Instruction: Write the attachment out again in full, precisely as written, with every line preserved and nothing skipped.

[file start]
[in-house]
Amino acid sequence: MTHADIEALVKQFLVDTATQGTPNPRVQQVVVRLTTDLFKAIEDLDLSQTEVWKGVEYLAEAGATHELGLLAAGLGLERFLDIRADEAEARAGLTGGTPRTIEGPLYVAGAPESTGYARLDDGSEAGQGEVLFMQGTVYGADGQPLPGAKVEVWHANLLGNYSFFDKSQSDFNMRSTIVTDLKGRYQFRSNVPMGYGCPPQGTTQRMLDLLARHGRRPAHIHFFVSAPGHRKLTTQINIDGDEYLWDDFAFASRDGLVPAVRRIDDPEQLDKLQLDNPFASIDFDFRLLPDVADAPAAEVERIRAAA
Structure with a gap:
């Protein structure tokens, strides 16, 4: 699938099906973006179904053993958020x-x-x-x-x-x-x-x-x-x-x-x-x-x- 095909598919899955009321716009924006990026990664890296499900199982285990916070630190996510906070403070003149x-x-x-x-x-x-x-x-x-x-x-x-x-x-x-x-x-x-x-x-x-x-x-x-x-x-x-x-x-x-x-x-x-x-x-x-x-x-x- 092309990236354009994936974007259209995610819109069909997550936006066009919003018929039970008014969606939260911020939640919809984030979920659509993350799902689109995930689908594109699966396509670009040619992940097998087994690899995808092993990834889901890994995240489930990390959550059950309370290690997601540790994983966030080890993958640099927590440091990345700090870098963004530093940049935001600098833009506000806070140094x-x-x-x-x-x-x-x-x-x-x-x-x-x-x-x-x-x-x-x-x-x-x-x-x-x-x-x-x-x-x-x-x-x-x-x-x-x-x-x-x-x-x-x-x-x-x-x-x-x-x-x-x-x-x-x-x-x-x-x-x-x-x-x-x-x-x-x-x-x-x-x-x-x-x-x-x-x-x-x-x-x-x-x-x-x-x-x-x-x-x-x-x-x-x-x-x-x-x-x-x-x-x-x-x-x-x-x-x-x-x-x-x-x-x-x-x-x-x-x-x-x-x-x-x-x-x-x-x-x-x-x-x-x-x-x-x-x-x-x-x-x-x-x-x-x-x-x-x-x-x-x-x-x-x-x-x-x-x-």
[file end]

[in-house]
Amino acid sequence: MTHADIEALVKQFLVDTATQGTPNPRVQQVVVRLTTDLFKAIEDLDLSQTEVWKGVEYLAEAGATHELGLLAAGLGLERFLDIRADEAEARAGLTGGTPRTIEGPLYVAGAPESTGYARLDDGSEAGQGEVLFMQGTVYGADGQPLPGAKVEVWHANLLGNYSFFDKSQSDFNMRSTIVTDLKGRYQFRSNVPMGYGCPPQGTTQRMLDLLARHGRRPAHIHFFVSAPGHRKLTTQINIDGDEYLWDDFAFASRDGLVPAVRRIDDPEQLDKLQLDNPFASIDFDFRLLPDVADAPAAEVERIRAAA
Structure with a gap:
């Protein structure tokens, strides 16, 4: 699938099906973006179904053993958020x-x-x-x-x-x-x-x-x-x-x-x-x-x- 095909598919899955009321716009924006990026990664890296499900199982285990916070630190996510906070403070003149x-x-x-x-x-x-x-x-x-x-x-x-x-x-x-x-x-x-x-x-x-x-x-x-x-x-x-x-x-x-x-x-x-x-x-x-x-x-x- 092309990236354009994936974007259209995610819109069909997550936006066009919003018929039970008014969606939260911020939640919809984030979920659509993350799902689109995930689908594109699966396509670009040619992940097998087994690899995808092993990834889901890994995240489930990390959550059950309370290690997601540790994983966030080890993958640099927590440091990345700090870098963004530093940049935001600098833009506000806070140094x-x-x-x-x-x-x-x-x-x-x-x-x-x-x-x-x-x-x-x-x-x-x-x-x-x-x-x-x-x-x-x-x-x-x-x-x-x-x-x-x-x-x-x-x-x-x-x-x-x-x-x-x-x-x-x-x-x-x-x-x-x-x-x-x-x-x-x-x-x-x-x-x-x-x-x-x-x-x-x-x-x-x-x-x-x-x-x-x-x-x-x-x-x-x-x-x-x-x-x-x-x-x-x-x-x-x-x-x-x-x-x-x-x-x-x-x-x-x-x-x-x-x-x-x-x-x-x-x-x-x-x-x-x-x-x-x-x-x-x-x-x-x-x-x-x-x-x-x-x-x-x-x-x-x-x-x-x-x-």